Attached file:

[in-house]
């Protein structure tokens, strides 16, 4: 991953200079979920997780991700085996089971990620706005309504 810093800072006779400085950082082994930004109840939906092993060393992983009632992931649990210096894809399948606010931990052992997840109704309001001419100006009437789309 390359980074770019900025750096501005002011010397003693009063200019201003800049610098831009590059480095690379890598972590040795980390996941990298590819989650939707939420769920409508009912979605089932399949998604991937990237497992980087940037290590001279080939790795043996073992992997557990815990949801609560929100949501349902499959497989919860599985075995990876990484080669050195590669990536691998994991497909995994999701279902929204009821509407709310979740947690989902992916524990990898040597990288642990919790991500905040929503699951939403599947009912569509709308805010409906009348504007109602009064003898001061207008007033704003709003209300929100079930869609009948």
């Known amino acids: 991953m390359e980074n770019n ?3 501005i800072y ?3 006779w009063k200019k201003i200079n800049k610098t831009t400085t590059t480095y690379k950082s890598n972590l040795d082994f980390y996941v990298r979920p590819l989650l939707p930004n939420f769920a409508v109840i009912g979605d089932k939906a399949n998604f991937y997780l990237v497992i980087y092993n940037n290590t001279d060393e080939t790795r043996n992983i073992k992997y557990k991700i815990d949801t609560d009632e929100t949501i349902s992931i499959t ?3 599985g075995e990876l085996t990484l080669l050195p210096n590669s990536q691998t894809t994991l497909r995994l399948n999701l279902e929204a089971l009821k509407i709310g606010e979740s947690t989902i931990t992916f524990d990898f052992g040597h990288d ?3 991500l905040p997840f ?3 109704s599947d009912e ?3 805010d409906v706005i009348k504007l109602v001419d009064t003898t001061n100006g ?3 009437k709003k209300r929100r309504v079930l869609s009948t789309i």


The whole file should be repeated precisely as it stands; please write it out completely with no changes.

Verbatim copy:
[in-house]
């Protein structure tokens, strides 16, 4: 991953200079979920997780991700085996089971990620706005309504 810093800072006779400085950082082994930004109840939906092993060393992983009632992931649990210096894809399948606010931990052992997840109704309001001419100006009437789309 390359980074770019900025750096501005002011010397003693009063200019201003800049610098831009590059480095690379890598972590040795980390996941990298590819989650939707939420769920409508009912979605089932399949998604991937990237497992980087940037290590001279080939790795043996073992992997557990815990949801609560929100949501349902499959497989919860599985075995990876990484080669050195590669990536691998994991497909995994999701279902929204009821509407709310979740947690989902992916524990990898040597990288642990919790991500905040929503699951939403599947009912569509709308805010409906009348504007109602009064003898001061207008007033704003709003209300929100079930869609009948």
């Known amino acids: 991953m390359e980074n770019n ?3 501005i800072y ?3 006779w009063k200019k201003i200079n800049k610098t831009t400085t590059t480095y690379k950082s890598n972590l040795d082994f980390y996941v990298r979920p590819l989650l939707p930004n939420f769920a409508v109840i009912g979605d089932k939906a399949n998604f991937y997780l990237v497992i980087y092993n940037n290590t001279d060393e080939t790795r043996n992983i073992k992997y557990k991700i815990d949801t609560d009632e929100t949501i349902s992931i499959t ?3 599985g075995e990876l085996t990484l080669l050195p210096n590669s990536q691998t894809t994991l497909r995994l399948n999701l279902e929204a089971l009821k509407i709310g606010e979740s947690t989902i931990t992916f524990d990898f052992g040597h990288d ?3 991500l905040p997840f ?3 109704s599947d009912e ?3 805010d409906v706005i009348k504007l109602v001419d009064t003898t001061n100006g ?3 009437k709003k209300r929100r309504v079930l869609s009948t789309i």